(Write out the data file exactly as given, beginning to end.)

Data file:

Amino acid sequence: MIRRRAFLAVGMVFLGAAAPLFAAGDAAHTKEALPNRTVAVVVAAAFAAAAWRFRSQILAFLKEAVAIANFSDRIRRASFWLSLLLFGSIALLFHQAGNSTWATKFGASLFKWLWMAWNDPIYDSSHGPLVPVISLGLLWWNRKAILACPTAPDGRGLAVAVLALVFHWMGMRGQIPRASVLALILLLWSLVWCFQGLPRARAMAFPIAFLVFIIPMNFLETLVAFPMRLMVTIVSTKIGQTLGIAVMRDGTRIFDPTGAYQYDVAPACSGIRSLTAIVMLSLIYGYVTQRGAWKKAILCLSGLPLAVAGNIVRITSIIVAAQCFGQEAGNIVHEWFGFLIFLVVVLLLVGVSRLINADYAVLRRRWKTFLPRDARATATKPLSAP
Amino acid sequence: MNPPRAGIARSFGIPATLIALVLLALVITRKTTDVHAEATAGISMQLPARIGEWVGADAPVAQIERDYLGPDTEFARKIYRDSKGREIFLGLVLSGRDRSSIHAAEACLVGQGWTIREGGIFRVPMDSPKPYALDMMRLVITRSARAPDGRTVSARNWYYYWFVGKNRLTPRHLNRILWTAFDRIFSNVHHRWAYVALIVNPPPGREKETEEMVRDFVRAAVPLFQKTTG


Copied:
Amino acid sequence: MIRRRAFLAVGMVFLGAAAPLFAAGDAAHTKEALPNRTVAVVVAAAFAAAAWRFRSQILAFLKEAVAIANFSDRIRRASFWLSLLLFGSIALLFHQAGNSTWATKFGASLFKWLWMAWNDPIYDSSHGPLVPVISLGLLWWNRKAILACPTAPDGRGLAVAVLALVFHWMGMRGQIPRASVLALILLLWSLVWCFQGLPRARAMAFPIAFLVFIIPMNFLETLVAFPMRLMVTIVSTKIGQTLGIAVMRDGTRIFDPTGAYQYDVAPACSGIRSLTAIVMLSLIYGYVTQRGAWKKAILCLSGLPLAVAGNIVRITSIIVAAQCFGQEAGNIVHEWFGFLIFLVVVLLLVGVSRLINADYAVLRRRWKTFLPRDARATATKPLSAP
Amino acid sequence: MNPPRAGIARSFGIPATLIALVLLALVITRKTTDVHAEATAGISMQLPARIGEWVGADAPVAQIERDYLGPDTEFARKIYRDSKGREIFLGLVLSGRDRSSIHAAEACLVGQGWTIREGGIFRVPMDSPKPYALDMMRLVITRSARAPDGRTVSARNWYYYWFVGKNRLTPRHLNRILWTAFDRIFSNVHHRWAYVALIVNPPPGREKETEEMVRDFVRAAVPLFQKTTG